© 2018 The Authors. Quarterly Journal of the Royal Meteorological Society published by John Wiley & Sons Ltd on behalf of the Royal Meteorological Society. The regimes of possible global atmospheric circulation patterns in an Earth-like atmosphere are explored using a simplified Global Circulation Model (GCM) based on the University of Hamburg's Portable University Model for the Atmosphere (PUMA)—with simplified (linear) boundary-layer friction, a Newtonian cooling scheme, and dry convective adjustment (designated here as PUMA-S). A series of controlled experiments is conducted by varying planetary rotation rate and imposed equator-to-pole temperature difference. These defining parameters are combined further with each other into dimensionless forms to establish a parameter space in which the occurrences of different circulation regimes are mapped and classified. Clear, coherent trends are found when varying planetary rotation rate (thermal Rossby number) and frictional and thermal relaxation time-scales. The sequence of circulation regimes as a function of parameters, such as the planetary rotation rate, strongly resembles that obtained in laboratory experiments on rotating, stratified flows, especially if a topographic β-effect is included in those experiments to emulate the planetary vorticity gradients in an atmosphere induced by the spherical curvature of the planet. A regular baroclinic wave regime is also obtained at intermediate values of thermal Rossby number and its characteristics and dominant zonal wavenumber depend strongly on the strength of radiative and frictional damping. These regular waves exhibit some strong similarities to baroclinic storms observed on Mars under some conditions. Multiple jets are found at the highest rotation rates, when the Rossby deformation radius and other eddy-related length-scales are much smaller than the radius of the planet. These exhibit some similarity to the multiple zonal jets observed on gas giant planets. Jets form on a scale comparable to the most energetic eddies and the Rhines scale poleward of the supercritical latitude. The balance of heat transport varies strongly with Ω∗ between eddies and zonally symmetric flows, becoming weak with fast rotation.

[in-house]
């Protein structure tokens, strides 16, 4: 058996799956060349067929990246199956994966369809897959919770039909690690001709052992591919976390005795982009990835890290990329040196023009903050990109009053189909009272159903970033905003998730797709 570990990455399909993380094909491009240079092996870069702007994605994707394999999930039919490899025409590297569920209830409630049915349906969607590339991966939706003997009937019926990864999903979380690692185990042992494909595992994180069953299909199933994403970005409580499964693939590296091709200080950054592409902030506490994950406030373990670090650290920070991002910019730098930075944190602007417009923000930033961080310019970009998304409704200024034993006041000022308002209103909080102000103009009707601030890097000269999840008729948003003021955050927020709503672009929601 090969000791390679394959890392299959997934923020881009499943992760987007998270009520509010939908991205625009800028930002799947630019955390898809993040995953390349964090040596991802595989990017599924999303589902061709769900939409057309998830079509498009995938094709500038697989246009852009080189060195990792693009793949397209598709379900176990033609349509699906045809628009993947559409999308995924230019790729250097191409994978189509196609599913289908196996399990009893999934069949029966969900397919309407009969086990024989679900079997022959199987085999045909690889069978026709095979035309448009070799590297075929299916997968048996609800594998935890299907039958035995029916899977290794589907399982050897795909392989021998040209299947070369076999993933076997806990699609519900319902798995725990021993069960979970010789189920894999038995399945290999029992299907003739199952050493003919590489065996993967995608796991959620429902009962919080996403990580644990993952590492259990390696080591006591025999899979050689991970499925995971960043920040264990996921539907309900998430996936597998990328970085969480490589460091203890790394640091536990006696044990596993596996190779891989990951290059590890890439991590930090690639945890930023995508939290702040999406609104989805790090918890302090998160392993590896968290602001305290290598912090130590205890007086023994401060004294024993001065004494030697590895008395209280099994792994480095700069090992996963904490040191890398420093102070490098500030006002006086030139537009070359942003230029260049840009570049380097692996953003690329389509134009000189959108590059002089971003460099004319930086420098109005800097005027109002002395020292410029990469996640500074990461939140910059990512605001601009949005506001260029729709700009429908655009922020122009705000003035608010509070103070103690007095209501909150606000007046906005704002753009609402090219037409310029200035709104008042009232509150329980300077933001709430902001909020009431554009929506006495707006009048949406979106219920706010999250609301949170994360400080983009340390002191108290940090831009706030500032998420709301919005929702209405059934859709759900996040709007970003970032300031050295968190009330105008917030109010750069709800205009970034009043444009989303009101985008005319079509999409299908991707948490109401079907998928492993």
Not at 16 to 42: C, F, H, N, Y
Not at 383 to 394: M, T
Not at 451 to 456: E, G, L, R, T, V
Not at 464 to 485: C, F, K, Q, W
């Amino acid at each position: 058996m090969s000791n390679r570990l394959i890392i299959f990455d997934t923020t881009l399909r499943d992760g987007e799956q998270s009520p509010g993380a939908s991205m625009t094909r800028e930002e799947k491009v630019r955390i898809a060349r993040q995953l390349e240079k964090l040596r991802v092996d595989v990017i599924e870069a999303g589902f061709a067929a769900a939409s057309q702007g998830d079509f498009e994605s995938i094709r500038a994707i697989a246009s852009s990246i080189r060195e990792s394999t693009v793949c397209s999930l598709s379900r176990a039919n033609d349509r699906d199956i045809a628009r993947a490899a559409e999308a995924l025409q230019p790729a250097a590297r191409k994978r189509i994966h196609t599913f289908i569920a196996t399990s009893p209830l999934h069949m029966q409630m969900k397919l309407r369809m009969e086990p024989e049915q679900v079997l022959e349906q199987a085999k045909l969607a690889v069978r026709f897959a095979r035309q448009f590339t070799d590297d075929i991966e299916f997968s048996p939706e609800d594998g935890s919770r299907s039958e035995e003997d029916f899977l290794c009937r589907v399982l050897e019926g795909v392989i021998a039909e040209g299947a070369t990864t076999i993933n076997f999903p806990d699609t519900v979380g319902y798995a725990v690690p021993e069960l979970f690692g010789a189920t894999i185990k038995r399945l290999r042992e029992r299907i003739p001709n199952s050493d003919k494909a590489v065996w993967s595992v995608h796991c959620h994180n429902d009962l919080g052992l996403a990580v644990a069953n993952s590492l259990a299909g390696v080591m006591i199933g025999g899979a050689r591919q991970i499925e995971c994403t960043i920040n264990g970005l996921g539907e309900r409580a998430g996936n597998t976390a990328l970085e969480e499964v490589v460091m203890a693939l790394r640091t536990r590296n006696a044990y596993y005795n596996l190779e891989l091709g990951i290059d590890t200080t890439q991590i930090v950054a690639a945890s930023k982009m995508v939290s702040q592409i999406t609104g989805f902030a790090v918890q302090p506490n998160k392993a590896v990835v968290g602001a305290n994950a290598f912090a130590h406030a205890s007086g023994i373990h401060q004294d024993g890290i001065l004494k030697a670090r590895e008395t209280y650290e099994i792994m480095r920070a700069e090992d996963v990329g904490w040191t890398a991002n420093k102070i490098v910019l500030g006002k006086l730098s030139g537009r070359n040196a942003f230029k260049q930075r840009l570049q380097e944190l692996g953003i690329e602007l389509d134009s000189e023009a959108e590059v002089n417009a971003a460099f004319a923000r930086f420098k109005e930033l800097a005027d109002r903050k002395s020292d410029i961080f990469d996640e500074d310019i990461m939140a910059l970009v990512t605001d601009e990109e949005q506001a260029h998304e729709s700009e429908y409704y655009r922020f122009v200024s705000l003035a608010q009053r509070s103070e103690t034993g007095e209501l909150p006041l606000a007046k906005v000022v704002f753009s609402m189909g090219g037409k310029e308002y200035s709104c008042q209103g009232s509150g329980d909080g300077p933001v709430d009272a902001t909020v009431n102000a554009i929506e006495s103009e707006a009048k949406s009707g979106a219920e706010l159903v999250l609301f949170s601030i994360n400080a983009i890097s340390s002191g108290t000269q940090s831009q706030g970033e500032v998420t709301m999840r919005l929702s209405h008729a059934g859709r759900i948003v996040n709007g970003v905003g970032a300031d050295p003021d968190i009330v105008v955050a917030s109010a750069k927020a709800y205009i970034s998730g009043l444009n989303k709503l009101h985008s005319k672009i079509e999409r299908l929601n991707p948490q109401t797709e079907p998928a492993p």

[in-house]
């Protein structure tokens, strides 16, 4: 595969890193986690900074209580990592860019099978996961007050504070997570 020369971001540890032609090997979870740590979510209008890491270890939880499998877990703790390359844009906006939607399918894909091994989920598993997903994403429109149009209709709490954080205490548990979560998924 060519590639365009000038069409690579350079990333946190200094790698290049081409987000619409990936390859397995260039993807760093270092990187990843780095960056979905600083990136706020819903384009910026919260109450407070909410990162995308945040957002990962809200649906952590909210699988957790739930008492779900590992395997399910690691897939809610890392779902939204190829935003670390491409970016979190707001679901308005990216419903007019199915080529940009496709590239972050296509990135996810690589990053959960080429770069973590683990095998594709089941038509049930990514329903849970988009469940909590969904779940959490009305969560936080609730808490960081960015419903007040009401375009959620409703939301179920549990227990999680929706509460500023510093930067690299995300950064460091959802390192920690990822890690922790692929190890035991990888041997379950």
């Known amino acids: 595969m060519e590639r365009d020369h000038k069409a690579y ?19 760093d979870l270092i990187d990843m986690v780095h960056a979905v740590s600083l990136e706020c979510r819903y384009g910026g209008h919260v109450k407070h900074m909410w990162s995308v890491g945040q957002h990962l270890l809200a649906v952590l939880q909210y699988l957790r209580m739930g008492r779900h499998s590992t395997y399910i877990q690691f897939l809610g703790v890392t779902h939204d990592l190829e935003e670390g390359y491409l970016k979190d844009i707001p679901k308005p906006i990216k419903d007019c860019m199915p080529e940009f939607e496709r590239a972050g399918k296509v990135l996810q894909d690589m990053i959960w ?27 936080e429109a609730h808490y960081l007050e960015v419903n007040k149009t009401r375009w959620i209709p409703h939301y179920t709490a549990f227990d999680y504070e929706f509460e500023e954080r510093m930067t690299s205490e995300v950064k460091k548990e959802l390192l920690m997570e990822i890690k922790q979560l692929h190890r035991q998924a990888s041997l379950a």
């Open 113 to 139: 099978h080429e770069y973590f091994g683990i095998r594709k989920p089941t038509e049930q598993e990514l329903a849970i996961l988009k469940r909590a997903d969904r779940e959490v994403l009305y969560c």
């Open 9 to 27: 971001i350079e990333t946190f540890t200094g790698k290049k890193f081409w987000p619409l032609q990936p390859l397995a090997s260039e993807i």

Comparative terrestrial atmospheric circulation regimes in simplified global circulation models. Part II: Energy budgets and spectral transfers